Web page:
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2017 armasuisse Textiles Symposium

On 15 March 2017 around 325 representatives of the national and international textile industry, research, the armed forces and government bodies met for the annual armasuisse Textiles Symposium at the Kursaal in Bern. Seven interesting and informative speeches awaited the specialist audience. The 17th armasuisse Textiles Symposium focused on the issues of sustainability, innovations and future-oriented processes in the textile industry.

22.03.2017 | armasuisse Communications

The armasuisse Textiles Symposium was opened by Thomas Knecht, Head of the Purchasing and Cooperations Competence Sector. He was delighted to see so many visitors and emphasised that, as was the case last year, the issue of sustainability in procurement has lost none of its importance. He also said that in public procurement, it is becoming increasingly necessary to differentiate between the most cost-effective offer and the lowest-priced offer.

After the introduction, Armaments Director Martin Sonderegger welcomed the attendees to this year’s Textiles Symposium. He assured the business partners from the textile industry that even when any changes come into force that require a complete revision of the Federal Act on Public Procurement, our position and current practices remain clear: Business and manufacturing secrets and calculation bases are not intended for the public and must be vehemently protected.

The first speaker, Prof. Claus Carbon from the Department of General Psychology and Methodology at the University of Bamberg, then took to the stage. Prof. Carbon gave the specialist audience an insight into the psychological processes behind haptic experience. He explained that textile forums are often missing marketing and lifestyle/fashion concepts. Both have a lot to do with the psychology of perception and acceptance by customers. In marketing in particular, there is an increasing need for multi-sensory integration, as true experience always involves multiple senses.

The following speech was given by Ferdinand Metzler, founder and CEO of Zurich-based Fision Ltd. Fision Ltd develops software that enables digital body measurements to be taken and thus contributes to the kitting-out process in the digital revolution. Metzler believes the advantages of digitising the measuring process lie in the optimization and management of the range of items held and the supply chain, as well as individualization and personalization.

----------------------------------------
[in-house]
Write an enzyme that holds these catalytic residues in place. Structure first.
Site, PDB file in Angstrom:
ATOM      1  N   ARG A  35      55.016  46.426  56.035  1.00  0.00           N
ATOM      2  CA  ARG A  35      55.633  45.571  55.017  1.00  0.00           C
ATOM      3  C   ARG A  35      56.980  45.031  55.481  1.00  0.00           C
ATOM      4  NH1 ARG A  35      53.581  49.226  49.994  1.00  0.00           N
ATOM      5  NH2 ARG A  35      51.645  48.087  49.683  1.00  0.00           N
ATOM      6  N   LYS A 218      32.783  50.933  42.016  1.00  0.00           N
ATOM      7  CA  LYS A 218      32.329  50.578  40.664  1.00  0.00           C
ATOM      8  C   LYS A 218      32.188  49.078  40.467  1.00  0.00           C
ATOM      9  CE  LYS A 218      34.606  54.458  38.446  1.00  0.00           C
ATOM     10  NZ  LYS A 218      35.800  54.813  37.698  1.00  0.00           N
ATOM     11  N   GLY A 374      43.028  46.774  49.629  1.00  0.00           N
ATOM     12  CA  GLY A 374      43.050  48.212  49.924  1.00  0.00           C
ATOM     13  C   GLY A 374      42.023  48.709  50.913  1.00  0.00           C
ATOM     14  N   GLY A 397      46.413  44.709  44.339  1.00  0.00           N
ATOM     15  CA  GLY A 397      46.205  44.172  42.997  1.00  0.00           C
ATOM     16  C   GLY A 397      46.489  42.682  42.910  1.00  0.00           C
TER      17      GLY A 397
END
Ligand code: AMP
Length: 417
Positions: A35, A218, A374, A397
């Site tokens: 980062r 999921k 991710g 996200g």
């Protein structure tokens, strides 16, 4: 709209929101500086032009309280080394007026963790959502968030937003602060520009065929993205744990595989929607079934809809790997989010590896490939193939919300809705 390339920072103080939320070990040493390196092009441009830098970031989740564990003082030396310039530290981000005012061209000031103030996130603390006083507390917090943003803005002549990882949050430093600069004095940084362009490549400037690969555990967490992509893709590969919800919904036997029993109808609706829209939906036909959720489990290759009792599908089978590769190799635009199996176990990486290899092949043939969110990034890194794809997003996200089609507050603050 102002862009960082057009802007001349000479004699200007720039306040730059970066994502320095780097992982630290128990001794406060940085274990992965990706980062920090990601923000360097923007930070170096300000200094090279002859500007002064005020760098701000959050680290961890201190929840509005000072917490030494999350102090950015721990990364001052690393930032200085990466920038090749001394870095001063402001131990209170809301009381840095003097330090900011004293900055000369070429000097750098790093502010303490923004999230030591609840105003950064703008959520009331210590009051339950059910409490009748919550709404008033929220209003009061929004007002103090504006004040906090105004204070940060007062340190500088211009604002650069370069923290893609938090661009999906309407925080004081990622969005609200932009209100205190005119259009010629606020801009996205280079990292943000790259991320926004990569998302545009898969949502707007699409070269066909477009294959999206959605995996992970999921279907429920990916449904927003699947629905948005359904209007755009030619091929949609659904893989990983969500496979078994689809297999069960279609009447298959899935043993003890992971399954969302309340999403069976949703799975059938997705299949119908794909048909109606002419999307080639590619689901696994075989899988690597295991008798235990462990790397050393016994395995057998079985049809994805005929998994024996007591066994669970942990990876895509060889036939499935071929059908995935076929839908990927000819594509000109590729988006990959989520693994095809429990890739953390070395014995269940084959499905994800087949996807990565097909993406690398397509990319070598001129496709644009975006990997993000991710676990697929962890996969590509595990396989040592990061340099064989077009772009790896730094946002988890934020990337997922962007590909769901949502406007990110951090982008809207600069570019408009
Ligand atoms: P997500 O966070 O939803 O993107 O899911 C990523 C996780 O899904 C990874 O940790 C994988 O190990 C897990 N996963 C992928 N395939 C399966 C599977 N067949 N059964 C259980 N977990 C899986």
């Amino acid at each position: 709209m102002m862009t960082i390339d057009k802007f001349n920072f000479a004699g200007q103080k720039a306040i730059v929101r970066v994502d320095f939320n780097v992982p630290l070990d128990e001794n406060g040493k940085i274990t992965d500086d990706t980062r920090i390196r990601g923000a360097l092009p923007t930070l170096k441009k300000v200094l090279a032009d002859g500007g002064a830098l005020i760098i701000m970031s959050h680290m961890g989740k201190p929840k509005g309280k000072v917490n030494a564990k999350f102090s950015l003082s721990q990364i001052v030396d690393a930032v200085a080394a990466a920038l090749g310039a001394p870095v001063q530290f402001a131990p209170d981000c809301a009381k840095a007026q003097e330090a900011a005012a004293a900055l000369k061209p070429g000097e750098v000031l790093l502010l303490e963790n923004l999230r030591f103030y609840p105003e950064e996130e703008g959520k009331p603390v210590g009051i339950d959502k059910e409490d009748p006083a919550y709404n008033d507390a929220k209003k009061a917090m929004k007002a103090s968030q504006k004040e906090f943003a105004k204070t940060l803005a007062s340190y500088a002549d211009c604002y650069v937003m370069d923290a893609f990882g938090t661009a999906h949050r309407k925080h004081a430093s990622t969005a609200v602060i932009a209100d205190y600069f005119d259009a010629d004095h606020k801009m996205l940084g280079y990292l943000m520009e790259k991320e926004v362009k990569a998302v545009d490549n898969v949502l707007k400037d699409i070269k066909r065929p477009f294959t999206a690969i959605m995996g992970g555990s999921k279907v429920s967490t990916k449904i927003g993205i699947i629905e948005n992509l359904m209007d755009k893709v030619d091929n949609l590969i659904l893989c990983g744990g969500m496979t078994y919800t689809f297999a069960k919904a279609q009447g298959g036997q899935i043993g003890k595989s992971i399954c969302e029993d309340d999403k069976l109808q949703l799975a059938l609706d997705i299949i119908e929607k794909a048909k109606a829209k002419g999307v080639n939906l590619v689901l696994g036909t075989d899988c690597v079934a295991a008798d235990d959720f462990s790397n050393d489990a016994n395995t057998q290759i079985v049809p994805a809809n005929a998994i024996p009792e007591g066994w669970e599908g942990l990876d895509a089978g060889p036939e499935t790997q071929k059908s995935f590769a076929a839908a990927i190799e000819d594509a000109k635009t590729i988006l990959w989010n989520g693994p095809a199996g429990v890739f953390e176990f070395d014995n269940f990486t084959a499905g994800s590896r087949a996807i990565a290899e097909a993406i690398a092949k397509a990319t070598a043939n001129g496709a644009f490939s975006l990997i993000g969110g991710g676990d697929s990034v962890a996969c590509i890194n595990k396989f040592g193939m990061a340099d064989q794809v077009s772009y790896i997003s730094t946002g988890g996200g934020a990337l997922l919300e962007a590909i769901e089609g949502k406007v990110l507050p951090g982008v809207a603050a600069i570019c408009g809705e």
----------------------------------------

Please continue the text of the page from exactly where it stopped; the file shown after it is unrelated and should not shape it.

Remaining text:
Next, Dr. Rudolf Hufenus from the Swiss Federal Laboratories for Materials Science and Technology spoke about the potential of a new kind of liquid-core filament for personal protective equipment. As liquids are able to conduct energy, these are extremely significant in improving the shock-absorbing properties of textiles.

The last speech before the lunch break was given by Brigadier Hans Schatzmann, Commander of Military Security, on the subject of military security. Today, Military Security is the armed forces’ police force, which is part of the Armed Forces Command Staff. The Swiss Armed Forces’ Military Security unit has 545 full-time employees and over 1,000 reserve soldiers. They perform many different tasks, mainly for the Swiss Armed Forces. As part of the Armed Forces development programme (WEA) the Command Staff will be disbanded, and Military Security will be assigned to Operations Command with four reserve battalions. The former headquarters of the military police in Bern will be relocated to Sion. 

After lunch, it was the turn of Hans Meulman from Dutch company DSM to present the Dyneema high-performance fibre and its advantages in the area of lightweight protection systems. This fibre is mainly used in personal and vehicle protection. 

Giuseppe Gherzi spoke on behalf of Gherzi AG about the development of the textile value chain from 2015 to 2020. Gherzi AG is an international consultancy in the main areas of textiles, the purchasing and sale of companies, and factory planning. He said that the traditional textile value chain is influenced by the following three aspects, and is likely to remain so in the future: Megatrends, constant change, and disruptive technologies. Mr Gherzi called for a rethink on the current business models in Europe’s textile industry.

In conclusion and in contrast, Prof. Lutz Jäncke of the Department of Neuropsychology at the University of Zurich talked about the rationality of the brain.

To finish, the Head of Purchasing and Cooperations thanked all the speakers and wished everyone a safe journey home. He is looking forward to seeing the attendees again at the next Textiles Symposium in Bern on 14 March 2018.  

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